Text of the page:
From the dimly lit hospital ward window, I watched as the sun fell asleep, shielded behind the endless rolling hills of Rwanda. The trees held strong; black soldiers, standing in resilient rows. The fleeting colors of dusk began to fade, and the crimson skies illuminated the hospital bed next to me.
Heather, a 64-year-old prisoner, was admitted for altered mental status. She had progressive multifocal leukoencephalopathy, a rare and often fatal complication of uncontrolled HIV. Her face was creased by suffering, weathered from a life of remorse. A medical student fervently advocated for a change to a newer, costlier, antiretroviral medication, despite knowing she may have played a part in the genocide against his family, the Tutsi people, 20 years earlier. Another prisoner, donning a cap with a red cross and a bright orange cotton outfit, acted as Heather’s caretaker.
Next to Heather lay Joseph, a 53-year-old farmer. Earlier today, he arrived at the University Teaching Hospital of Kigali, Rwanda’s largest tertiary care facility, complaining of shortness of breath—no longer able to tend to his farm animals. I too had just arrived at Kigali, but from Connecticut, with a goal of medical education. University Teaching Hospital of Kigali serves all patients, including prisoners, although the hospital tends to be more frequented by those who cannot afford care at newer private facilities. Nurses are in short supply, and family members are tasked with the daily care of patients, from bathing and feeding their loved ones to obtaining and, oftentimes, administering medications.
Rounding on Joseph this morning, 11 white coats marched toward his bed—three residents (including myself) and eight medical students. I led the pulmonary examination as the medical students helped translate. The university and Rwandan government recently expanded their capacity for medical students, quadrupling their numbers in the last 2 years. Hungry for knowledge, the students eagerly listened to Joseph’s lungs together; stethoscopes pressed against his body like being hugged by an octopus.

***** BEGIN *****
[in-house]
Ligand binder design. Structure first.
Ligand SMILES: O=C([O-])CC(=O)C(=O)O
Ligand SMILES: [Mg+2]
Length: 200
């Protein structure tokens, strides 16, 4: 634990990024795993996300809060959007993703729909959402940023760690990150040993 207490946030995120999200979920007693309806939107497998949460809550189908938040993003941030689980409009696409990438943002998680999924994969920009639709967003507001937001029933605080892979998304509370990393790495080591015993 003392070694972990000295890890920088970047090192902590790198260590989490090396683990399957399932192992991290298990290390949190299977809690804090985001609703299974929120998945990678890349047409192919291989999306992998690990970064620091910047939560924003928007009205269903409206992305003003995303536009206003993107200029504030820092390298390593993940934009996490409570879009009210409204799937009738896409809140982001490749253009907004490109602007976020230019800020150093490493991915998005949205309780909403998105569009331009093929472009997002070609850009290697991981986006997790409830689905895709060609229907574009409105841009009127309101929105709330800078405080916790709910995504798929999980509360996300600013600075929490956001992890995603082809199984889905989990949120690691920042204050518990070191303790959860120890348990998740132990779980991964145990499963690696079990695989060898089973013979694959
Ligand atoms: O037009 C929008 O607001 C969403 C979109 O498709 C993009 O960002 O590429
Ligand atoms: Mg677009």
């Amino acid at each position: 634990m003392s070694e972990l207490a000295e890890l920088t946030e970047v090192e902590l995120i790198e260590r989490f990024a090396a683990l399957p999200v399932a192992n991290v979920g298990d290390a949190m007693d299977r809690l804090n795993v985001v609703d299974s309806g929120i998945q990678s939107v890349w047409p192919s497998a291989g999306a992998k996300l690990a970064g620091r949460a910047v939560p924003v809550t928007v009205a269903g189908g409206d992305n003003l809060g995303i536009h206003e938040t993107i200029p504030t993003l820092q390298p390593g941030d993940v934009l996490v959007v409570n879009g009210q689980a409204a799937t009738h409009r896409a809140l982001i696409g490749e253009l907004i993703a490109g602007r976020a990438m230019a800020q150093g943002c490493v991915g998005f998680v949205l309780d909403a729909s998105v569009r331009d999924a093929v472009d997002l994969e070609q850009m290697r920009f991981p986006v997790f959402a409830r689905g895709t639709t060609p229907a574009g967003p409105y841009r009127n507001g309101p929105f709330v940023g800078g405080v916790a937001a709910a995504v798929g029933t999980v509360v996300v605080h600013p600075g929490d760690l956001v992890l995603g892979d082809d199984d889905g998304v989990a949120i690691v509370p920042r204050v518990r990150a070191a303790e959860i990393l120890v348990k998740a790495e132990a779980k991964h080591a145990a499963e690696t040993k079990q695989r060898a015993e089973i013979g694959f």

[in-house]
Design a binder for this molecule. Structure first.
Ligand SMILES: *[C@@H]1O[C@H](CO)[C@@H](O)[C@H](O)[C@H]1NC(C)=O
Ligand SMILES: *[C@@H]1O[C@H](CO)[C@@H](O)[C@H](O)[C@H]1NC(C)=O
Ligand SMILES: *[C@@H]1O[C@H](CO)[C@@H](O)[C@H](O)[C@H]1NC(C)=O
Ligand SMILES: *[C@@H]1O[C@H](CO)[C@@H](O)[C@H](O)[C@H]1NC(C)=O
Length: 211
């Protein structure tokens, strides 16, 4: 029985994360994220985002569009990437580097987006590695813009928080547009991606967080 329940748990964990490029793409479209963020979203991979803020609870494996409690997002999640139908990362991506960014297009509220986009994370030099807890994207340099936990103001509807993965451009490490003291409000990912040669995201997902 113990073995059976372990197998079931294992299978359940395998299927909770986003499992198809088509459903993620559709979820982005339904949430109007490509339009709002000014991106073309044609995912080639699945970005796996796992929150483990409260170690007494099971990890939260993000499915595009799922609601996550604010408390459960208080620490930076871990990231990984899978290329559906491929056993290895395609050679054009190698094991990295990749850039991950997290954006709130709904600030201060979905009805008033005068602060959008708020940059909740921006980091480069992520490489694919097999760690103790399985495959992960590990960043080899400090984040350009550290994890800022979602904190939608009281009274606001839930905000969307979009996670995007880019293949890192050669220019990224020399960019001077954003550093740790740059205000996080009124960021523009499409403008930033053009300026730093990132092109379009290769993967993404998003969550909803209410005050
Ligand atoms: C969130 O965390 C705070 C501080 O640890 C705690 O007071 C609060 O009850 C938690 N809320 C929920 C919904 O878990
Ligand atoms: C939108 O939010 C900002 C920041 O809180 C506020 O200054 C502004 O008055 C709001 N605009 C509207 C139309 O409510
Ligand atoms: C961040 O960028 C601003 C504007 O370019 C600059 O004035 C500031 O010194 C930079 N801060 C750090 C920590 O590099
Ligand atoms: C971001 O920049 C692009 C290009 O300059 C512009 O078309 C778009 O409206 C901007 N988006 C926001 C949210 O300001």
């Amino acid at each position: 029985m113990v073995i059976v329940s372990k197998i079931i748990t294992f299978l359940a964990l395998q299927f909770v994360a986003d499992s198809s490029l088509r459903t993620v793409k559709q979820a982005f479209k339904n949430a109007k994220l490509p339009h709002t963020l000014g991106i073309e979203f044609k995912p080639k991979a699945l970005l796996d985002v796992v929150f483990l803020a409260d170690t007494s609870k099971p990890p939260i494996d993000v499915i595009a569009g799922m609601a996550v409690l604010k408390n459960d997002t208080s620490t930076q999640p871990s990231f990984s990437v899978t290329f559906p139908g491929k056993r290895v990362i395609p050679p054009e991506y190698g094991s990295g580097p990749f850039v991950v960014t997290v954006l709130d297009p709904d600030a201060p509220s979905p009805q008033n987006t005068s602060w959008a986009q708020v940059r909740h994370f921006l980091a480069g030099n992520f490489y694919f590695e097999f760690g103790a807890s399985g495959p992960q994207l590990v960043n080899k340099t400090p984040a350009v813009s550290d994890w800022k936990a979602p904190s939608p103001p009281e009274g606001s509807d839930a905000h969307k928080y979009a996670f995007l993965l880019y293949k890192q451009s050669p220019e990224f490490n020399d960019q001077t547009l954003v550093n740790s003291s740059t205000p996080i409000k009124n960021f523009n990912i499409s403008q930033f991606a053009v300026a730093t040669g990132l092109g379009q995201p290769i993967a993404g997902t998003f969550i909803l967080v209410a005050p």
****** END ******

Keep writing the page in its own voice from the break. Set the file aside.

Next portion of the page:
“Even the white man has come to help us,” Joseph’s sister said in Kinyarwandan, smiling and pointing to me. Smiling back, I told her it was nice to meet her. However, I did not know at the time that Joseph was dying. Later, he would have to be intubated for pan-resistant Pseudomonas aeruginosa pneumonia, a so-called superbug. He only had two previous health-care interactions in his life.
As we loomed over his bed, we assessed the pertinent findings: fevers, hypoxia, rhonchorous lung sounds, no swelling in the legs, no thrush in the mouth, and no obvious skin rashes. We hurried off to the light box to review his chest X-ray, passing by a poster on the entrance to the ward illustrating the signs and symptoms of Ebola—a reminder to always consider Ebola in our list of differential diagnoses. We talked pathophysiology as the Rwandan residents quickly showcased their fluency. An enthusiastic medical student blurted out multifocal pneumonia, noting the infiltrates were scattered throughout his lungs. I was quickly impressed by the level of discussion among the team and curious to see the patient’s treatment course and evolution. They discussed clinical trials in various countries around the world and cited guidelines from American societies, looking to me for expertise.